Tuesday, October 8, 2013

U is for Underlining

The ABC's of vintage sewing series is back--and we are in the home stretch, picking up the alphabet again with the letter 'U'.

Underlining is a common vintage (and modern) sewing technique in which two pieces of fabric are sewn together and treated as one.  This is often done for several reasons:

1. Stabilising loosely woven fabrics:

Using underlining for stabilising fabrics was a revelation to me!  I am often drawn to wonderful silky tweeds or handwoven fabrics--many of which are delicate or tend to unravel easily.  Once I learned I could underline these fabrics, my sewing world changed!  I could now use these fabrics even in very tailored garments such as the 'Kitten Dress' which used Butterick pattern 2181 from the 1950s.

2. Add bulk/warmth to fabrics:

I often think of interlining being used more for adding warmth, but you can also use underlining.  I tend to like to use underlining on thin fabrics like the poly-blend fabric I used for my 'Paddington Goes to Scotland Dress' from the 1960s.  This pattern actually recommended underlining and I'm glad I did it, not just for warmth and adding bulk but also to have a nicer feeling fabric against my skin!

3. Prevent garments from being see-through:

I use underlining a lot when sewing with white--to prevent the final garment from being too see-through.  In these instances, I usually just underline the bodice like I did in my 'Hawk's Eye View Dress' which I made with a Japanese textured cotton fabric for the bodice.

Underlining Resources:

Have you underlined any projects recently?  What's the main reason you underline your garments?


  1. Fully agree! I underline the fabrics - specially these loos wove. I find garment easier to sew when underlined. I see all marking on it eaiser.

    I am using either silk organza or cotton batist - it depends on the gabric I use..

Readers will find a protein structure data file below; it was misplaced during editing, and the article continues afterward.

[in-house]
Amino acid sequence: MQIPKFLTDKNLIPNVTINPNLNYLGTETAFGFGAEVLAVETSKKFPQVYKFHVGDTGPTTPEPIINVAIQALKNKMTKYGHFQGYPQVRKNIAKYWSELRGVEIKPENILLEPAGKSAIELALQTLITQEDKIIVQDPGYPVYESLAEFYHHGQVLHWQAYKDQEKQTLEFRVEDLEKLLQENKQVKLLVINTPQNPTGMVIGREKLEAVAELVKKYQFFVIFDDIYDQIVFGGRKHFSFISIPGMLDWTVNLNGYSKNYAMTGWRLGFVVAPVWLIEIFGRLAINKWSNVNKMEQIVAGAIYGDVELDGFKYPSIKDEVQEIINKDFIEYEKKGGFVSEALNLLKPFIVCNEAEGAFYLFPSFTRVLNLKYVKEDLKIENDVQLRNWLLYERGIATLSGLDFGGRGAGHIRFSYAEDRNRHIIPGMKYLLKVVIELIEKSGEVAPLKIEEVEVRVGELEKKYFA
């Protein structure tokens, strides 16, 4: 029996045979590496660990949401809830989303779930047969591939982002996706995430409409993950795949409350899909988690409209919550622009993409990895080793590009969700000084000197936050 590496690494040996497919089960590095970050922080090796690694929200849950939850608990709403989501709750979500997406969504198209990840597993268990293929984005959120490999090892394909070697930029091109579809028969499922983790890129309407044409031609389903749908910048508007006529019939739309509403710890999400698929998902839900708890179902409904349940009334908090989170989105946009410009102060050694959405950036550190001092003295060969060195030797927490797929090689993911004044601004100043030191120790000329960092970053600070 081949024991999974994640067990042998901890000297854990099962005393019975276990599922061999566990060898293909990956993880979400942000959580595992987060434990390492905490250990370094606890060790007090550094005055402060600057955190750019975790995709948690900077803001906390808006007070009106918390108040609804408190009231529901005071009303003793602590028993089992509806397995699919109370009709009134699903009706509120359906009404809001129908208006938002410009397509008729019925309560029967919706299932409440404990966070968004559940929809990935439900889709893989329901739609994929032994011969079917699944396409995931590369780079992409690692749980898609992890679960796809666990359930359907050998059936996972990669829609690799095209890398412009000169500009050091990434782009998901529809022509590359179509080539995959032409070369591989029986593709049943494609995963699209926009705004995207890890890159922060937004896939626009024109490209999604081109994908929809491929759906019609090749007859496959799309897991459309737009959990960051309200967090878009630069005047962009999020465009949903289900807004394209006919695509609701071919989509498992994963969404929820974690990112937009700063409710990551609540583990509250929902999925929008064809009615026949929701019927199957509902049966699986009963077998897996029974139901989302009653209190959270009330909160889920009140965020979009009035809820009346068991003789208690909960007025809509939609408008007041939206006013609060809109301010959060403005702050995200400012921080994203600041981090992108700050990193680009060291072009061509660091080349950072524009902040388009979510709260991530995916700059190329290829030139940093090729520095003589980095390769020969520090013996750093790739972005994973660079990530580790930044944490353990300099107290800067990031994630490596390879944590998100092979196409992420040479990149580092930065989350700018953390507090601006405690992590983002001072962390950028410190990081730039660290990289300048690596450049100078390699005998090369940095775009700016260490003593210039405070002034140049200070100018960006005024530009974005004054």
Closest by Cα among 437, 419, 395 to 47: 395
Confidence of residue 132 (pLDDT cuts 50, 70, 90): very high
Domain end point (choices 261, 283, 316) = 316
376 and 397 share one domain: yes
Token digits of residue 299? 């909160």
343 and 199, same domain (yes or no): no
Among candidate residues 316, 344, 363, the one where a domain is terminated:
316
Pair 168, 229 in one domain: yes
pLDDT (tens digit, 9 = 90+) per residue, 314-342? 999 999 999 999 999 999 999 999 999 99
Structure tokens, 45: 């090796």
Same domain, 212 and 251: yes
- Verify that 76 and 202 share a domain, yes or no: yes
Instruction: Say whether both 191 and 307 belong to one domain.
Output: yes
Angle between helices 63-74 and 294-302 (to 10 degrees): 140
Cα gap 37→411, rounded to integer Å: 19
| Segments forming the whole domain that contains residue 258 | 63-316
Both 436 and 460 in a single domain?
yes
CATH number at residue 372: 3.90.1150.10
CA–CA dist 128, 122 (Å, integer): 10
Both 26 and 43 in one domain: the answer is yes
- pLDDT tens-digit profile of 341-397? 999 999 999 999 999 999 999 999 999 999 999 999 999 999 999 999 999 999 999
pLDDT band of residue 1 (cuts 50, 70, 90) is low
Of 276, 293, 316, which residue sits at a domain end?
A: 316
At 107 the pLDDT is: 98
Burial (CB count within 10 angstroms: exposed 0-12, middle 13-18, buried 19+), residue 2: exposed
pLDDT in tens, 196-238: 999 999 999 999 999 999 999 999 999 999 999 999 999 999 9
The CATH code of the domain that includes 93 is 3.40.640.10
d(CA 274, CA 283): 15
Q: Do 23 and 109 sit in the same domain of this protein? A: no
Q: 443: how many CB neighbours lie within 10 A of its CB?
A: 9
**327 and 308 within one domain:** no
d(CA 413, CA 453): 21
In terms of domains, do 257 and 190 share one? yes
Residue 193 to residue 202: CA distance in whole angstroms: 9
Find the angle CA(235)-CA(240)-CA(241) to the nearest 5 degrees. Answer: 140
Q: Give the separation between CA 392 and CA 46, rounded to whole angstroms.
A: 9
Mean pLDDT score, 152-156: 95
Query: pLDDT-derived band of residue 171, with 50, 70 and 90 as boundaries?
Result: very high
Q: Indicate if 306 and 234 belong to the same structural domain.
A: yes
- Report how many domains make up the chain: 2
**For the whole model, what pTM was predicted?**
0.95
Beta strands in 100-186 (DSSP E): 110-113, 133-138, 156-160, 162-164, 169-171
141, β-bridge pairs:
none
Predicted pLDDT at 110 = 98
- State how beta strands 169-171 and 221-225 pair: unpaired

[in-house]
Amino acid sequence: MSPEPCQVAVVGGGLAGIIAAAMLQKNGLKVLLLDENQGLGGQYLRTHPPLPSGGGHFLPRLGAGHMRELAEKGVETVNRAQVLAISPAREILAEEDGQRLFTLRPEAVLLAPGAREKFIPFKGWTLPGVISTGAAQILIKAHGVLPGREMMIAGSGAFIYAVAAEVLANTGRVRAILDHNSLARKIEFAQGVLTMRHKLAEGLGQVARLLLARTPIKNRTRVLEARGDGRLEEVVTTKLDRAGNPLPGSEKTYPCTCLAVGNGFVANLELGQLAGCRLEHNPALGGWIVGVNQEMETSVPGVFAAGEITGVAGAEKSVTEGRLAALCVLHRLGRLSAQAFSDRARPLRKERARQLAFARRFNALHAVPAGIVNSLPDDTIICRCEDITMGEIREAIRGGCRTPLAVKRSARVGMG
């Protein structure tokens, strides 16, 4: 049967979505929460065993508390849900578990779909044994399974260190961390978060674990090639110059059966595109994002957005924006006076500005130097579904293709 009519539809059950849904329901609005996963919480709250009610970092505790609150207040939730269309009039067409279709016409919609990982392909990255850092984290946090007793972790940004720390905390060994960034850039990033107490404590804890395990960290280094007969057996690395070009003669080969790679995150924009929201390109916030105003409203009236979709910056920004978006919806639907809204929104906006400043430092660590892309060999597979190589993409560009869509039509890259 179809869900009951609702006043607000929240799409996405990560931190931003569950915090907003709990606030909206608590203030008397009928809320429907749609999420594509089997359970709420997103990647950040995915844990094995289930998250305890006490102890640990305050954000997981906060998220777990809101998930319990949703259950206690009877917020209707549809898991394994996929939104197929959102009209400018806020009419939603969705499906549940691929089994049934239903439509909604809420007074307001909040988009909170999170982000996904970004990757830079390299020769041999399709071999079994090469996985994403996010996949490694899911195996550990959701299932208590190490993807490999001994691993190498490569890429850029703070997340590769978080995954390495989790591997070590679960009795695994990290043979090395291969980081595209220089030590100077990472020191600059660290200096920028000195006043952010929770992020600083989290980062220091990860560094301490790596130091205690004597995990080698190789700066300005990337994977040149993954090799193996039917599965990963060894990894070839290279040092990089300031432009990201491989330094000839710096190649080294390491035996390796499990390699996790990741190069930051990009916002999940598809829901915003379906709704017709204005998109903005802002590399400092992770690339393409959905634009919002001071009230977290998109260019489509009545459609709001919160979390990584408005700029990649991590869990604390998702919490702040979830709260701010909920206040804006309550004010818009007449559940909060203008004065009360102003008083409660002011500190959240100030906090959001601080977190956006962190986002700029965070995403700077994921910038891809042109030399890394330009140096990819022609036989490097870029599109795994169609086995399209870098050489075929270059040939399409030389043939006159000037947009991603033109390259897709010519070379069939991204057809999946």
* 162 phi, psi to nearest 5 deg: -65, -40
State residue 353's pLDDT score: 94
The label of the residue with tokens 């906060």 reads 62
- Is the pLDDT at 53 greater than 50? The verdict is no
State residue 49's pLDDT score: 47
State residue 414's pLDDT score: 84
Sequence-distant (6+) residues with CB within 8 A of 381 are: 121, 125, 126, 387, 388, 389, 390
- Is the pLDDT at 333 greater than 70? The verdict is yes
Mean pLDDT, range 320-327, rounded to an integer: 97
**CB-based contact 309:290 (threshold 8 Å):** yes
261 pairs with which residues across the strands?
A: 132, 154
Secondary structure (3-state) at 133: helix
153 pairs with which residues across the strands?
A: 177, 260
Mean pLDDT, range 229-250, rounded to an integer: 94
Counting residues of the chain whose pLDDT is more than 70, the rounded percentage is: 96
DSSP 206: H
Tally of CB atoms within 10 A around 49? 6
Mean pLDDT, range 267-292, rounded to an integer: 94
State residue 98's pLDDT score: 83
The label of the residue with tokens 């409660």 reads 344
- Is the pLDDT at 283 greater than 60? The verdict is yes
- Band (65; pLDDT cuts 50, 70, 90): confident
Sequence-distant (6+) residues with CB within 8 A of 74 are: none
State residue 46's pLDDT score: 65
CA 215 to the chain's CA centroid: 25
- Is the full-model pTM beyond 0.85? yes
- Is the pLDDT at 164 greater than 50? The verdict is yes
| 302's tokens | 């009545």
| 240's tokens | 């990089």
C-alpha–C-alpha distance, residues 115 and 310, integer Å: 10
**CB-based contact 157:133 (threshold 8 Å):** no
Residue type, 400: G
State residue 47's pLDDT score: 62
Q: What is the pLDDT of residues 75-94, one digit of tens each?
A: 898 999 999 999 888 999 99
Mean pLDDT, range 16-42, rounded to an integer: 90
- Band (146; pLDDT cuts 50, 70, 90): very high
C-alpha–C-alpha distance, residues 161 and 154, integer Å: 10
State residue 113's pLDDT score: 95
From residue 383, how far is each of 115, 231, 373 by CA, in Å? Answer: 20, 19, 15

Which fabric do you use as underlining?

  2. i just did underlining on a wool/linen dress... backwards... i knew i had to, but of course i cut everything out and tried to fit it and then had to go back and underline. :))

  3. I like to underline, too-- I often pick fabrics that are either too sheer or too floppy to be used on their own, so I end up underlining them for a little more opacity and stability.

  4. Underlining is not something I do a lot. I'm not really drawn to see-through fabrics nor do get cold quickly (indoors, that is).
    I did underline last year's redingote with another wool fabric, both for warmth and bulk. And then, I still used horsehair interfacing throughout the bodice, for stability.
    There is a big piece of thick, densely woven, cotton flannel in my stash which is supposed to be a traditional underlining/interlining material for coats. I may use that to make a warm winter coat from some thin wool coating this winter.

  5. I first used this technique when I made my lace Laurel as it was a bit see through. Thanks for the resources.

  6. I am not much into sewing - YET, but I guess soon a whole lot of people will be sewing.

  7. I recently tried this technique for the first time when sewing a silk skirt. I found a remnant of this incredible New York City-scape line drawing fabric that was just enough (it squeaked by). Now my fabric isn't see-through nor so cold! I will have to go back and check out more of your alphabet to see what other techniques I could know better :)


I read each and every comment--thank you so much!

Related Posts Plugin for WordPress, Blogger...